13C magnetic resonance spectroscopy measurements with hyperpolarized [1-13C] pyruvate can be used to detect the expression of transgenic pyruvate decarboxylase activity in vivo


    loading  Checking for direct PDF access through Ovid

Abstract

Purpose:Dissolution dynamic nuclear polarization can increase the sensitivity of the 13C magnetic resonance spectroscopy experiment by at least four orders of magnitude and offers a novel approach to the development of MRI gene reporters based on enzymes that metabolize 13C-labeled tracers. We describe here a gene reporter based on the enzyme pyruvate decarboxylase (EC 4.1.1.1), which catalyzes the decarboxylation of pyruvate to produce acetaldehyde and carbon dioxide.Methods:Pyruvate decarboxylase from Zymomonas mobilis (zmPDC) and a mutant that lacked enzyme activity were expressed using an inducible promoter in human embryonic kidney (HEK293T) cells. Enzyme activity was measured in the cells and in xenografts derived from the cells using 13C MRS measurements of the conversion of hyperpolarized [1-13C] pyruvate to H13Symbol.Results:Induction of zmPDC expression in the cells and in the xenografts derived from them resulted in an approximately two-fold increase in the H13Symbol/[1-13C] pyruvate signal ratio following intravenous injection of hyperpolarized [1-13C] pyruvate.Conclusion:We have demonstrated the feasibility of using zmPDC as an in vivo reporter gene for use with hyperpolarized 13C MRS. Magn Reson Med 76:391–401, 2016. © 2015 The Authors. Magnetic Resonance in Medicine published by Wiley Periodicals, Inc. on behalf of International Society for Magnetic Resonance in Medicine. This is an open access article under the terms of the Creative Commons Attribution License, which permits use, distribution and reproduction in any medium, provided the original work is properly cited.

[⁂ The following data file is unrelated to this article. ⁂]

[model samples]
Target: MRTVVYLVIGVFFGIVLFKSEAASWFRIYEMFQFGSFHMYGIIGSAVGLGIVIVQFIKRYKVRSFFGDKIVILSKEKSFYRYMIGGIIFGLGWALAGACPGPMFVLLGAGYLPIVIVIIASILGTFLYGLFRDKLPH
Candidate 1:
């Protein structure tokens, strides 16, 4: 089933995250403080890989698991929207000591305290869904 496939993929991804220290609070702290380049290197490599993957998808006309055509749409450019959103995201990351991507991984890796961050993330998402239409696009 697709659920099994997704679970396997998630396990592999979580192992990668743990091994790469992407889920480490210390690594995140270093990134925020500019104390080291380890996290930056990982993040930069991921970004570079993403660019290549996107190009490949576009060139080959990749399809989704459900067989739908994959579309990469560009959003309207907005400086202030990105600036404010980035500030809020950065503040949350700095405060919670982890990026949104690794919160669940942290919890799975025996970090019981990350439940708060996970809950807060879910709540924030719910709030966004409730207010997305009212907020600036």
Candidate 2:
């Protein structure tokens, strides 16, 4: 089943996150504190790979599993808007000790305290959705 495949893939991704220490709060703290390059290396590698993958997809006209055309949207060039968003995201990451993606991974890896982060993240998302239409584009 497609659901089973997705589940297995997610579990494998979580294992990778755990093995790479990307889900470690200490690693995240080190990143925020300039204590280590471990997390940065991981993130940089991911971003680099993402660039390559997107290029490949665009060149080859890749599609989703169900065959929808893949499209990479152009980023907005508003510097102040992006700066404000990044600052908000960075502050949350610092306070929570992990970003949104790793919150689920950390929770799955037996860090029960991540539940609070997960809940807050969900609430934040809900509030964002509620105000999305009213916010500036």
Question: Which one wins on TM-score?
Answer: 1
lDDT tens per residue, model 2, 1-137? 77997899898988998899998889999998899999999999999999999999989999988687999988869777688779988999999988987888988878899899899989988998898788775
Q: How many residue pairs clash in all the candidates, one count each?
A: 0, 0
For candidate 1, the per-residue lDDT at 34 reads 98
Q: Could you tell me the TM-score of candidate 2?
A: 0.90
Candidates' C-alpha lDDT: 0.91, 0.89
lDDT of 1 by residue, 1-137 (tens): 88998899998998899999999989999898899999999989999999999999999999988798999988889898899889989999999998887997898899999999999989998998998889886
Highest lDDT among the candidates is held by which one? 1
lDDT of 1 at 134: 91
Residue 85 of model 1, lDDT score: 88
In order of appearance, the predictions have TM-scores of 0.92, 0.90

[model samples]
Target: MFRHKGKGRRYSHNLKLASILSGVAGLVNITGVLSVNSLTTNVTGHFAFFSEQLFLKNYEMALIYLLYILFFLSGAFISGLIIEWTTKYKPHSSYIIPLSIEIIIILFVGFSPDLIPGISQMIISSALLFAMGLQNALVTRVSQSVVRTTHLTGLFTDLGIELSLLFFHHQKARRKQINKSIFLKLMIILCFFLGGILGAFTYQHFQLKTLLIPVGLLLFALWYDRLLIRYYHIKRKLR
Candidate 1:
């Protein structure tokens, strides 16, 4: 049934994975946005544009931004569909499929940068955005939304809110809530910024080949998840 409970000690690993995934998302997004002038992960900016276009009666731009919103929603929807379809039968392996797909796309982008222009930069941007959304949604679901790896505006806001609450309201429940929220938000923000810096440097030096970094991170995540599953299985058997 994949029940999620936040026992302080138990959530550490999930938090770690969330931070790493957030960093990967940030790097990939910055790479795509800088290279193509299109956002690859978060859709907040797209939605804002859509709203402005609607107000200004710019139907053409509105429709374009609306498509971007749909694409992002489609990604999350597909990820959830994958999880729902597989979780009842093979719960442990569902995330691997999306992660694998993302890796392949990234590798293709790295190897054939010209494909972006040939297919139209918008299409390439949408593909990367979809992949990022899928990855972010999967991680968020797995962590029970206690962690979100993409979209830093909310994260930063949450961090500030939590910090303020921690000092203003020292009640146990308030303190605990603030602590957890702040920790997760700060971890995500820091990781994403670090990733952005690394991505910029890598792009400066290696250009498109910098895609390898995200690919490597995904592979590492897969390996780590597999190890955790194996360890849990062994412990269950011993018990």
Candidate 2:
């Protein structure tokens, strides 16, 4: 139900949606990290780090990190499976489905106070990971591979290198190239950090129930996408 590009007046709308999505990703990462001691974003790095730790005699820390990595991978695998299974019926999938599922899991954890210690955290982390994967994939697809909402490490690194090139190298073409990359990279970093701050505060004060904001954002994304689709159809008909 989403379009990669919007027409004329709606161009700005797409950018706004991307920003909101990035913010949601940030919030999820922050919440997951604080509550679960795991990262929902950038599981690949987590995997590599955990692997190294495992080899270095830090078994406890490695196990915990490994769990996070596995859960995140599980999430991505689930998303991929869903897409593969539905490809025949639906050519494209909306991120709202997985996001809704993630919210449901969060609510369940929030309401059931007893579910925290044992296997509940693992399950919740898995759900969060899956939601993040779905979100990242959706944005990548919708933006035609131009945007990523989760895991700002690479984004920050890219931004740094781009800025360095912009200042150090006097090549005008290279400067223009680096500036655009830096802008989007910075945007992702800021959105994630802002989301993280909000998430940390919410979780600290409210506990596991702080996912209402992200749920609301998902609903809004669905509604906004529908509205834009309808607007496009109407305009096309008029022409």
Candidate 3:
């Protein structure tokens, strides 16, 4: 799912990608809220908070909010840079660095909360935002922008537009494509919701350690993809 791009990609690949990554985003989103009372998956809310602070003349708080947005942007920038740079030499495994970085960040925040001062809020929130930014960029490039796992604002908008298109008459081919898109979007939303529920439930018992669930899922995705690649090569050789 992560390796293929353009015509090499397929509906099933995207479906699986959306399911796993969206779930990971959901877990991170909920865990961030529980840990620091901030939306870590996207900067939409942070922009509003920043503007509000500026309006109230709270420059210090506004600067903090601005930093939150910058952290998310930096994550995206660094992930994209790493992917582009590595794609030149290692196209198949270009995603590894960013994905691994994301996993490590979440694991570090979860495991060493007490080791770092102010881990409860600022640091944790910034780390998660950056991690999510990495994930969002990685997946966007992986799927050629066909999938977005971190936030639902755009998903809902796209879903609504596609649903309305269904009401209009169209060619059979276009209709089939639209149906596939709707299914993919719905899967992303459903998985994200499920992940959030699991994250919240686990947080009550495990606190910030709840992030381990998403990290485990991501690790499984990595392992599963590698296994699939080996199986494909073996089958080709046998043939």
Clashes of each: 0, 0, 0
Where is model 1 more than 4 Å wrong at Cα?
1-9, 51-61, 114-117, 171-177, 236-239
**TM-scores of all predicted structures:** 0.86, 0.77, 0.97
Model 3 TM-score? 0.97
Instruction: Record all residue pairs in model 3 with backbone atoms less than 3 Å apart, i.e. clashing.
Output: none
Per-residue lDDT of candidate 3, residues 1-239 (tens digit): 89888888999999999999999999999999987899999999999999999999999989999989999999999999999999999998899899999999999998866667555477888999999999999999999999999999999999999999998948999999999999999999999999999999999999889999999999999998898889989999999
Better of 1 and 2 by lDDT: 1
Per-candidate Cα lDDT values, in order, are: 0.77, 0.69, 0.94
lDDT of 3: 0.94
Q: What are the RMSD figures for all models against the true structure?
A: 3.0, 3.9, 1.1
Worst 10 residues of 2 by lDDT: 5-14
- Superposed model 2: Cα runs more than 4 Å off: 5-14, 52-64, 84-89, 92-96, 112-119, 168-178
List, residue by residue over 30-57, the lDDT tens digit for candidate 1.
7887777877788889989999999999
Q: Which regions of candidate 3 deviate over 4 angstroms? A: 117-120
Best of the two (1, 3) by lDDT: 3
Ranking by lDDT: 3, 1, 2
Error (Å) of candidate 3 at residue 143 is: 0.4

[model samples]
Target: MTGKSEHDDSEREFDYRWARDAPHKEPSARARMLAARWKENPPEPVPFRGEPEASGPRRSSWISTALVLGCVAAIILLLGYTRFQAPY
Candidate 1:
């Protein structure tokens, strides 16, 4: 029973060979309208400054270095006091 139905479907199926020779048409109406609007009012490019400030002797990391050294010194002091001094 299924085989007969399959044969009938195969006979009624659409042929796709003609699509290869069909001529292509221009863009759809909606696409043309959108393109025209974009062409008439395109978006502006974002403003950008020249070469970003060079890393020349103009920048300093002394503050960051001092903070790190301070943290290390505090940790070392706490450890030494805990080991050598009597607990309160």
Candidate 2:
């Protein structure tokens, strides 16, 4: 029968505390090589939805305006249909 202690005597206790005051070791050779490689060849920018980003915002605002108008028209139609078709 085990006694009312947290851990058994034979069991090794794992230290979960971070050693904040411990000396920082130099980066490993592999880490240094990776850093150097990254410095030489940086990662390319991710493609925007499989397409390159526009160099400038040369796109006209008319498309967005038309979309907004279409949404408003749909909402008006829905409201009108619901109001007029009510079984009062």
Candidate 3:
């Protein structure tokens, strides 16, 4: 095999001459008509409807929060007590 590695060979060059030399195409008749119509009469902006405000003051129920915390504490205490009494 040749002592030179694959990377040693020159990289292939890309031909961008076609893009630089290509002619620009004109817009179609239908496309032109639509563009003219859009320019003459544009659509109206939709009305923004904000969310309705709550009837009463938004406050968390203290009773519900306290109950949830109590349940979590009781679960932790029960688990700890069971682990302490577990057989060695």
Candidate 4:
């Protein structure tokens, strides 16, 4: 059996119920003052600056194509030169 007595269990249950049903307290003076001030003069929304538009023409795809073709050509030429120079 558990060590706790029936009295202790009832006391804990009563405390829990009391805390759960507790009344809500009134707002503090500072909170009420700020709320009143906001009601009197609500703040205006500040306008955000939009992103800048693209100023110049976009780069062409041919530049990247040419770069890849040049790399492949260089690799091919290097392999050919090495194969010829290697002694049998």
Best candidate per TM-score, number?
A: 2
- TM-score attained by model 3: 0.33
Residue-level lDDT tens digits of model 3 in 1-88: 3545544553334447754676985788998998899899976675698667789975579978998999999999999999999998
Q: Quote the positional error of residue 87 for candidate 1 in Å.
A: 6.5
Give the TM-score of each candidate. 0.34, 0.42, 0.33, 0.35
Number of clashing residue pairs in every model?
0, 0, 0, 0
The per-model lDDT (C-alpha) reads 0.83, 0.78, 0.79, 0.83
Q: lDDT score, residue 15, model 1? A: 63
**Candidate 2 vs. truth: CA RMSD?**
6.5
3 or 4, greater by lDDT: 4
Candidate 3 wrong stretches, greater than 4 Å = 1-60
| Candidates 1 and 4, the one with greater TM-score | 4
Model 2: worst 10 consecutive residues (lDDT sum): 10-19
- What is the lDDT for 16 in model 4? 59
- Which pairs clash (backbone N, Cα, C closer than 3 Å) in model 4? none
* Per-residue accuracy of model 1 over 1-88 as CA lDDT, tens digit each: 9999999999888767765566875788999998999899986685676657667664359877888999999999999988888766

loading  Loading Related Articles